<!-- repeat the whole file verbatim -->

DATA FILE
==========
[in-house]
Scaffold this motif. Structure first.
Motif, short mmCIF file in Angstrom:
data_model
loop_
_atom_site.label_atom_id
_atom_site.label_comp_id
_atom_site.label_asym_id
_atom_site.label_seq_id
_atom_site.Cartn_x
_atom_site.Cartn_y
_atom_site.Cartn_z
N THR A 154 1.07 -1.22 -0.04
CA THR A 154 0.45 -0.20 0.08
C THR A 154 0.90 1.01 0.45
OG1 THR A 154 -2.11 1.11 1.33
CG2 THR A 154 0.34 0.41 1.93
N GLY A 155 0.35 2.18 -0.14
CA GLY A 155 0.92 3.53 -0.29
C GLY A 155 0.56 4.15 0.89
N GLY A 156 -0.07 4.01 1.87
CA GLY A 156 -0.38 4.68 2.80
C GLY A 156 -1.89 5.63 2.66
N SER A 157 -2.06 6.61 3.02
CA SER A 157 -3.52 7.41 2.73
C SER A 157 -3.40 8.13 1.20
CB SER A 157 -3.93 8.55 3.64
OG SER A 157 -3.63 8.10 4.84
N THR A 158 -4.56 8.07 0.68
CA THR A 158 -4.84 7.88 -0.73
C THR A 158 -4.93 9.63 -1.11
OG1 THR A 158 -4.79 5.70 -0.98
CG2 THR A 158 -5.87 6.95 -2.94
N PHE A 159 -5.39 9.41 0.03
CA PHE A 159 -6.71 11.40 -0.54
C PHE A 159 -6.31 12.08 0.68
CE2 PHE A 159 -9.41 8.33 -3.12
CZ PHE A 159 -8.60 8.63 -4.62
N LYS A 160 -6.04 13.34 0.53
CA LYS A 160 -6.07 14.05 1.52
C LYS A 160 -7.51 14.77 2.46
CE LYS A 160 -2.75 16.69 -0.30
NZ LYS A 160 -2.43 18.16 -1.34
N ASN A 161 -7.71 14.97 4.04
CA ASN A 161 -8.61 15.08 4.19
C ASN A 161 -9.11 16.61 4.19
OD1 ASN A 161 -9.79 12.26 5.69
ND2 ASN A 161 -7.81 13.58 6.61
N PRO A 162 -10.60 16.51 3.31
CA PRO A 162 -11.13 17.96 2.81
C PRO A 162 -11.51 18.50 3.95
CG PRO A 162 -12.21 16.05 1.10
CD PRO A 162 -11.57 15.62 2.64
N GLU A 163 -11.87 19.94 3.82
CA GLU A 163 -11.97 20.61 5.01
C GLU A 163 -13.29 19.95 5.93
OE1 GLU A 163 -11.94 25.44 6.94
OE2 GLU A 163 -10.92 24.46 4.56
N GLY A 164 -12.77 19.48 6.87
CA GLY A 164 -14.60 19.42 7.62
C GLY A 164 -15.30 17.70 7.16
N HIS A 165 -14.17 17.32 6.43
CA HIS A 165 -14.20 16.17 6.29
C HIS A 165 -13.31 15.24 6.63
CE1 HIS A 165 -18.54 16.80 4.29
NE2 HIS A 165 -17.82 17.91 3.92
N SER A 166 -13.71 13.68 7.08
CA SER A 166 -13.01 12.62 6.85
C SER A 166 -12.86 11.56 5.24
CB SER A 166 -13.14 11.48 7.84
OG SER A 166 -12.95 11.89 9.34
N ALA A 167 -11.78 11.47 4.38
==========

[in-house]
Scaffold this motif. Structure first.
Motif, short mmCIF file in Angstrom:
data_model
loop_
_atom_site.label_atom_id
_atom_site.label_comp_id
_atom_site.label_asym_id
_atom_site.label_seq_id
_atom_site.Cartn_x
_atom_site.Cartn_y
_atom_site.Cartn_z
N THR A 154 1.07 -1.22 -0.04
CA THR A 154 0.45 -0.20 0.08
C THR A 154 0.90 1.01 0.45
OG1 THR A 154 -2.11 1.11 1.33
CG2 THR A 154 0.34 0.41 1.93
N GLY A 155 0.35 2.18 -0.14
CA GLY A 155 0.92 3.53 -0.29
C GLY A 155 0.56 4.15 0.89
N GLY A 156 -0.07 4.01 1.87
CA GLY A 156 -0.38 4.68 2.80
C GLY A 156 -1.89 5.63 2.66
N SER A 157 -2.06 6.61 3.02
CA SER A 157 -3.52 7.41 2.73
C SER A 157 -3.40 8.13 1.20
CB SER A 157 -3.93 8.55 3.64
OG SER A 157 -3.63 8.10 4.84
N THR A 158 -4.56 8.07 0.68
CA THR A 158 -4.84 7.88 -0.73
C THR A 158 -4.93 9.63 -1.11
OG1 THR A 158 -4.79 5.70 -0.98
CG2 THR A 158 -5.87 6.95 -2.94
N PHE A 159 -5.39 9.41 0.03
CA PHE A 159 -6.71 11.40 -0.54
C PHE A 159 -6.31 12.08 0.68
CE2 PHE A 159 -9.41 8.33 -3.12
CZ PHE A 159 -8.60 8.63 -4.62
N LYS A 160 -6.04 13.34 0.53
CA LYS A 160 -6.07 14.05 1.52
C LYS A 160 -7.51 14.77 2.46
CE LYS A 160 -2.75 16.69 -0.30
NZ LYS A 160 -2.43 18.16 -1.34
N ASN A 161 -7.71 14.97 4.04
CA ASN A 161 -8.61 15.08 4.19
C ASN A 161 -9.11 16.61 4.19
OD1 ASN A 161 -9.79 12.26 5.69
ND2 ASN A 161 -7.81 13.58 6.61
N PRO A 162 -10.60 16.51 3.31
CA PRO A 162 -11.13 17.96 2.81
C PRO A 162 -11.51 18.50 3.95
CG PRO A 162 -12.21 16.05 1.10
CD PRO A 162 -11.57 15.62 2.64
N GLU A 163 -11.87 19.94 3.82
CA GLU A 163 -11.97 20.61 5.01
C GLU A 163 -13.29 19.95 5.93
OE1 GLU A 163 -11.94 25.44 6.94
OE2 GLU A 163 -10.92 24.46 4.56
N GLY A 164 -12.77 19.48 6.87
CA GLY A 164 -14.60 19.42 7.62
C GLY A 164 -15.30 17.70 7.16
N HIS A 165 -14.17 17.32 6.43
CA HIS A 165 -14.20 16.17 6.29
C HIS A 165 -13.31 15.24 6.63
CE1 HIS A 165 -18.54 16.80 4.29
NE2 HIS A 165 -17.82 17.91 3.92
N SER A 166 -13.71 13.68 7.08
CA SER A 166 -13.01 12.62 6.85
C SER A 166 -12.86 11.56 5.24
CB SER A 166 -13.14 11.48 7.84
OG SER A 166 -12.95 11.89 9.34
N ALA A 167 -11.78 11.47 4.38